Blueschists of Syros Island, Greece
High pressure subduction complexes preserved on Syros Island in Greece record different deformational processes and mechanisms as they transition from subduction to exhumation.
Valle Santo Thomas, Baja California, Mexico
The Agua Blanca and San Miguel-Vallecitos faults in Baja California accommodate ~14% of plate boundary motion at this latitude. We are investigating their rates of slip and kinematic linkages with other faults within the San Andreas system and the Gulf of California Rift Zone.
Mantle xenoliths from the Cima Volcanic Field, California
Xenoliths erupted from young volcanoes in the Mojave region are clues to understanding the present-day rheology of the lithospheric mantle and the nature of the lithosphere-asthenosphere boundary.
Rio Grande del Norte, New Mexico
Terraces along the Rio Grande River in northern New Mexico constrain incision rates for this steeply incised gorge.
Olivine deformation experiments
Experiments on olivine aggregates are being used to track the mechanics of strain localization operative in Earth's deep lithosphere.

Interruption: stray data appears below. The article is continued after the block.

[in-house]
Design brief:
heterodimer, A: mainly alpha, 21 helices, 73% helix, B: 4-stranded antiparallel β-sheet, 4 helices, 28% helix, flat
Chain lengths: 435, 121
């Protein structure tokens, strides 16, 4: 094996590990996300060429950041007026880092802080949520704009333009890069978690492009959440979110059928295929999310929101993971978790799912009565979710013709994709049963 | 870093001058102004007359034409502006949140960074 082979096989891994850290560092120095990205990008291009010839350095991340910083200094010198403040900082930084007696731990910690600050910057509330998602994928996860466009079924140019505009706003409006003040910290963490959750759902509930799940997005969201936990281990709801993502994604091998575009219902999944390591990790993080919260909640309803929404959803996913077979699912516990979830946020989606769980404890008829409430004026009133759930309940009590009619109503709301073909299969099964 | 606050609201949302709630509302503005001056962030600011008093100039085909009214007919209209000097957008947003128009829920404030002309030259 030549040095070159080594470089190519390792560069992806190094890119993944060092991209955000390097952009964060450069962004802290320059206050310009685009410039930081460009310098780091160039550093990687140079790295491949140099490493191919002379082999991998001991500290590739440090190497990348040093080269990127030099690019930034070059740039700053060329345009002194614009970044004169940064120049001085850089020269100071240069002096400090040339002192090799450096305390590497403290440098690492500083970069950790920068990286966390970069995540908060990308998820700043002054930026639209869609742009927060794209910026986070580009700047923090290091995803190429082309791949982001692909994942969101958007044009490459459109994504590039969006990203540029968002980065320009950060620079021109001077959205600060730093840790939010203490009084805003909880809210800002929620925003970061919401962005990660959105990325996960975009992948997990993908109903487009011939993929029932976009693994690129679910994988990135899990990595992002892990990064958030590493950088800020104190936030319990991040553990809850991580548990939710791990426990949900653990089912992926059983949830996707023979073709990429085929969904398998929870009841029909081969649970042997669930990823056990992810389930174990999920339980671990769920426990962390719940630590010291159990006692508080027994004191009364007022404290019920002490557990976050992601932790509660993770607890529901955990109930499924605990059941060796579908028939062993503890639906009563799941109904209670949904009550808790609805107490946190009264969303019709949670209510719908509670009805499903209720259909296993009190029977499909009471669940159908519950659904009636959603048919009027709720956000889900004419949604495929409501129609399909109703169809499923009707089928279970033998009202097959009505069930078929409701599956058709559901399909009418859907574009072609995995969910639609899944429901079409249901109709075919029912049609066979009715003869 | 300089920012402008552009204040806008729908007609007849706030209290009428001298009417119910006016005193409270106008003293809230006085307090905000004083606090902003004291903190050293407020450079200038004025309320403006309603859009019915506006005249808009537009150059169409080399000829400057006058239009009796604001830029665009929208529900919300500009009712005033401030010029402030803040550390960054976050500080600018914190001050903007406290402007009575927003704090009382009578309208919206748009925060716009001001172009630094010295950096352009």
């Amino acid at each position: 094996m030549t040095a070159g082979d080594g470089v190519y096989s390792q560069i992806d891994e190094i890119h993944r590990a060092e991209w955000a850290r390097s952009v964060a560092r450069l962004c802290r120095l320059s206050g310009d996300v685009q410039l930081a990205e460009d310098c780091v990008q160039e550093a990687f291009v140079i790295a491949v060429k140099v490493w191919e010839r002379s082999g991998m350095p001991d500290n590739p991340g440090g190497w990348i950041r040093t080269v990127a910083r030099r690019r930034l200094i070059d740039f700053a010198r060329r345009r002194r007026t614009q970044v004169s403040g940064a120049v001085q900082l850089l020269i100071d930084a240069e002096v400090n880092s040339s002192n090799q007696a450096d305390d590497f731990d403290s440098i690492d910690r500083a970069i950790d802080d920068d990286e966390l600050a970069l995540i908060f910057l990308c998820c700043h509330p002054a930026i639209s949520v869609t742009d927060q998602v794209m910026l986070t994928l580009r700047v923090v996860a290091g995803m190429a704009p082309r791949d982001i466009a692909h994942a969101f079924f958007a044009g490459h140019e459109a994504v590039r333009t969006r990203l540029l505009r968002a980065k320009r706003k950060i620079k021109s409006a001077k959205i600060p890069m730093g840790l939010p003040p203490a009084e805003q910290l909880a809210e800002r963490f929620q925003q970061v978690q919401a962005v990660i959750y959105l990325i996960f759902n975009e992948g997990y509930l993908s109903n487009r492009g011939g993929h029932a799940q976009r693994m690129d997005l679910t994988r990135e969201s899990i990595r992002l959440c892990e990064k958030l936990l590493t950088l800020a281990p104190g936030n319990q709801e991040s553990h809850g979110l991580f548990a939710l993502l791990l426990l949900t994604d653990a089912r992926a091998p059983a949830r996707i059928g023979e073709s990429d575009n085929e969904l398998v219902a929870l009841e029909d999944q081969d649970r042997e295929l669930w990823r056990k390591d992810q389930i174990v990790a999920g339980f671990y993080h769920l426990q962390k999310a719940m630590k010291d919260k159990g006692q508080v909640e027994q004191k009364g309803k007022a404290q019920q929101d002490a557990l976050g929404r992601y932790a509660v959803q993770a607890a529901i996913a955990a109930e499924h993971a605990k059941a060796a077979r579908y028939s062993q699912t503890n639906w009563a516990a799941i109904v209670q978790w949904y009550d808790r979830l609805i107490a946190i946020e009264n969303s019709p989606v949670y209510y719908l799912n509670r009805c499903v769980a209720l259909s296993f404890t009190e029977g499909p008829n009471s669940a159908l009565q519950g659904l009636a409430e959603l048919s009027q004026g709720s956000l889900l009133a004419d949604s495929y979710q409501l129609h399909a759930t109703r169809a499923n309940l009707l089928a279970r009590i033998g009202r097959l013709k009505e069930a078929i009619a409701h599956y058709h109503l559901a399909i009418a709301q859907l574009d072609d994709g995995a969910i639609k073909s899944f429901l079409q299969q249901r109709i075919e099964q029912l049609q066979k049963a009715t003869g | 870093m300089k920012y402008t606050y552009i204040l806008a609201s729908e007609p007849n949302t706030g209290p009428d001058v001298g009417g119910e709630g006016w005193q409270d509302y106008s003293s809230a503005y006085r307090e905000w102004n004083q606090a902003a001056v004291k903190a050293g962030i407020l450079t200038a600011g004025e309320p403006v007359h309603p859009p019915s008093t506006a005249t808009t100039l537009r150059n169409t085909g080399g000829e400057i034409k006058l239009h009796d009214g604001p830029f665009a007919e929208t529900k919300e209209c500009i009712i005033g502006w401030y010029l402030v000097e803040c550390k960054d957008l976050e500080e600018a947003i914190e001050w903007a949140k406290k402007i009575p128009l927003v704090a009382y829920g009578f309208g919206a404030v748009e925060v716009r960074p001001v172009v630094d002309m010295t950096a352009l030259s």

Research in the BRG focuses on the mechanics and kinematics of deformation at plate boundaries and spans a wide range of spatial and temporal scales. We examine the geomorphic expression of young, active faults, and we also study older remnants of deep-seated ductile shear zones exhumed from greater depth within Earth’s lithosphere. BRG students apply a wide range of field, structural, geochronological and analytical methods. To find out more about some of our active projects, check out our Research page. If you’re a prospective graduate student, please feel free to check out the Student Opportunities page and don’t hesitate to contact Dr. Behr or anyone else in the BRG if you have questions about the graduate program at UT Austin.
BRG Mailing Address: Dept. of Geological Sciences, Jackson School of Geosciences, 2275 Speedway Stop C9000, Austin TX, 78712-1722
Site Last Modified: September 20, 2015